You just never know when a virus will turn into a pandemic ….  watching the infectious disease news feeds at can give us some advance notice but that still may not be enough time to gather the items we would need to weather an outbreak. That is why we have assembled a kit and formulated a strategy ahead of time. Even though I am not a medical professional, it didn’t take too much time to learn how a hospital prepares for pandemic and to understand how their equipment is designed and used to isolate an infectious patient and prevent transmission to the staff.

Our household has decided to use isolation as our main defense against a viral pandemic. That was a successful strategy during the 1918 Spanish Flu outbreak and it is the easiest for us. This is fairly easy for us to do since it’s just my wife and I. A portable and temporary “positive pressure” ventilation system was built and is ready to be put into use should it be needed.

Our “Plan B” preps include the likelihood that someone in our home has become infected and proper medical care is not available. We have designed our preps to mimic the basic steps that the hospitals use when dealing with infected individuals. This includes:

  1. Proper instruction and personal protection for the caregiver. We’ve stocked masks, gloves, goggles, disposable coveralls and hand sanitizer. Everyone involved is trained in using the equipment, especially in the use of a respirator mask (LINK to Training Instructions).
  2. A well ventilated “sick room” in our home that can be shut off from the rest of the home’s ductwork. A bedroom with windows on 2 walls is our standby hospital room. It has two easily sealed air ducts in it and a hard wood floor that can be cleaned and disinfected.
  3. Meds and equipment necessary to keep the infected person as comfortable as possible. OTC flu meds and anti-diarrheals are kept on hand. Heater, window fan, thermometer, bedpan, etc.
  4. Necessary supplies to contain and dispose of infectious waste. Surgical masks, Trash bags, waterproof mattress covers, rags, laundry detergent, etc. We’re prepared to dispose of everything in the room, including the carpet, if necessary.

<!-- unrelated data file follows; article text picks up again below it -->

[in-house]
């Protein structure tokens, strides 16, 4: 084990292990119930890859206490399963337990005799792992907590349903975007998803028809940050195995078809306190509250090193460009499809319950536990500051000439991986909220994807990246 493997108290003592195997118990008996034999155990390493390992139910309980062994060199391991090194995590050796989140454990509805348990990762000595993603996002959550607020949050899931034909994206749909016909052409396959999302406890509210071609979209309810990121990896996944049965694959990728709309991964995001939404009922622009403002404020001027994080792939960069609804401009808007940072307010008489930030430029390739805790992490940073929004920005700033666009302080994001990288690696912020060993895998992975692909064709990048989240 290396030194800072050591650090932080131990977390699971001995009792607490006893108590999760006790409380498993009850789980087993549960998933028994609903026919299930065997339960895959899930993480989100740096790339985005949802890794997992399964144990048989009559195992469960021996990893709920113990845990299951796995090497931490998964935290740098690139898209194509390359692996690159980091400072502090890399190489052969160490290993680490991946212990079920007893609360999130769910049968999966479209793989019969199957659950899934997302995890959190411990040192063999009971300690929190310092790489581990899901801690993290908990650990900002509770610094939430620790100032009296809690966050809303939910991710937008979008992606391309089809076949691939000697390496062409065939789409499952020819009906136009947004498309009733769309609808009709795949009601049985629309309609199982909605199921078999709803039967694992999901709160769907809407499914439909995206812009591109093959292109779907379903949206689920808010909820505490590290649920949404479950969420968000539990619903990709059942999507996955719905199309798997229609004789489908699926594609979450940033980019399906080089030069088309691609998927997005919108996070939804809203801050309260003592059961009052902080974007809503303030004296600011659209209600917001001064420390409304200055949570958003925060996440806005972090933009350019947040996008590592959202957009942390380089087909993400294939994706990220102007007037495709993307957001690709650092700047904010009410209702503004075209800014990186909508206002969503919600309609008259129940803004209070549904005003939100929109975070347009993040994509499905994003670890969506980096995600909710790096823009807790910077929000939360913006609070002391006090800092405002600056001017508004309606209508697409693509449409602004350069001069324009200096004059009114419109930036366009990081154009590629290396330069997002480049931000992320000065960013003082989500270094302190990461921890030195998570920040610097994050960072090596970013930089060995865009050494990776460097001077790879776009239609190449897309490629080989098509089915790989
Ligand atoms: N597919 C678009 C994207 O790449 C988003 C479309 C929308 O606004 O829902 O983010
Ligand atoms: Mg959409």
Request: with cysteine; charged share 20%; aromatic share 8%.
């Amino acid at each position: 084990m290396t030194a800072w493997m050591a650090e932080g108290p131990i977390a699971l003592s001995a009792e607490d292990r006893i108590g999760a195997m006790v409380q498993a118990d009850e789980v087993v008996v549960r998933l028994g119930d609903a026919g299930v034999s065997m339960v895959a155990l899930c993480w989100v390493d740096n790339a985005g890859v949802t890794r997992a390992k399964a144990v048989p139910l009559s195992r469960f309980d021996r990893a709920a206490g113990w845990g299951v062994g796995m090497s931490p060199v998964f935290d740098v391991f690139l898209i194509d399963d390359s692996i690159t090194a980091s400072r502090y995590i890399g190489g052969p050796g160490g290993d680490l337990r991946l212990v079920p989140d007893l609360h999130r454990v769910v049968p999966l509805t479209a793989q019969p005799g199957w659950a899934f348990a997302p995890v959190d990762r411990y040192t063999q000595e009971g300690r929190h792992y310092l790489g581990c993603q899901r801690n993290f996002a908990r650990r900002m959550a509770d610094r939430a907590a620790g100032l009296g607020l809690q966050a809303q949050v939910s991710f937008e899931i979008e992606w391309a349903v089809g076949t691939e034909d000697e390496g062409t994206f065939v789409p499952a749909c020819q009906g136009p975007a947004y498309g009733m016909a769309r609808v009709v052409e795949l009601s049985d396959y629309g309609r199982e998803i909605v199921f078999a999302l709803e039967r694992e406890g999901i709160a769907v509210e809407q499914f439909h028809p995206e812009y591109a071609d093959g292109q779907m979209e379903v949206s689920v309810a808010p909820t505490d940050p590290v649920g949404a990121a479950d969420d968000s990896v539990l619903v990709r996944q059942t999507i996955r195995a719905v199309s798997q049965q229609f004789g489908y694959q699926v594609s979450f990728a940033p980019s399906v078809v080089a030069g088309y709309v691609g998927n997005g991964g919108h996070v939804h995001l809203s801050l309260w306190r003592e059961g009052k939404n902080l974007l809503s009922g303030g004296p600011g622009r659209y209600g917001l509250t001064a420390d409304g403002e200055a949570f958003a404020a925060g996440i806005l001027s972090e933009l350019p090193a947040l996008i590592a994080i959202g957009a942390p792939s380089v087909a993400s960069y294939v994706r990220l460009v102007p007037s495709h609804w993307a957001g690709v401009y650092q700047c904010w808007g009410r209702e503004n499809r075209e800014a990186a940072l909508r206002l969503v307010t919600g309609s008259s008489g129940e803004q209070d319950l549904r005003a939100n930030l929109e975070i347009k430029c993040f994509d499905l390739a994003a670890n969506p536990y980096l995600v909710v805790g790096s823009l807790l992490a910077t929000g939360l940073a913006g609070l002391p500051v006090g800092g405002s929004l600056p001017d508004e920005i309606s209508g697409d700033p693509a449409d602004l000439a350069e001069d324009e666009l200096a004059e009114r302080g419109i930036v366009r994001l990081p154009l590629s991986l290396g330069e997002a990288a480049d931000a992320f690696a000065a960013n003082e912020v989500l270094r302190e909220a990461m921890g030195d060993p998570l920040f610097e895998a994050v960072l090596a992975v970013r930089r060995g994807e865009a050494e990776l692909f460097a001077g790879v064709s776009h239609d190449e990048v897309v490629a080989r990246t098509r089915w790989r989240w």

5. Disinfection of solid surfaces. Bleach and the “old school” Lysol concentrate are the only items we keep on hand to clean hard surfaces.

Lysol Concentrate Disinfectant – multiple sizes are available on Amazon

A note about masks:

3M-82331-150x150It’s fairly simple to find the supplies BEFORE an outbreak. Masks were kind of hard to find during the last Swine Flu scare, so I’d recommend getting some now if you don’t have them already.

There is a difference between surgical masks and disposable respirators.

Ideally, respirators with exhaust valves are preferred for anyone that is NOT infected. N95 masks that are NIOSH approved should be the minimum quality kept on hand. NIOSH approved N97 or N100 are even better. Here is a list of NIOSH approved masks: LINK

3m-1818-150x150Surgical masks are simple, loose fitting, covers for the nose and mouth. They are designed to catch aerosols that EXIT the body. These are the masks that the governments and hospitals hand out to the public during a pandemic. They do a good job of catching mucous and saliva droplets leaving the body but offer little or no protection against particles entering the nose or mouth. These are very inexpensive and we’ve stocked several boxes.

The masks and coveralls and other specific items are kept in their own Rubbermaid tote.

With these preps and our other basic essential preps, we feel about as ready for a pandemic as we could possibly be.



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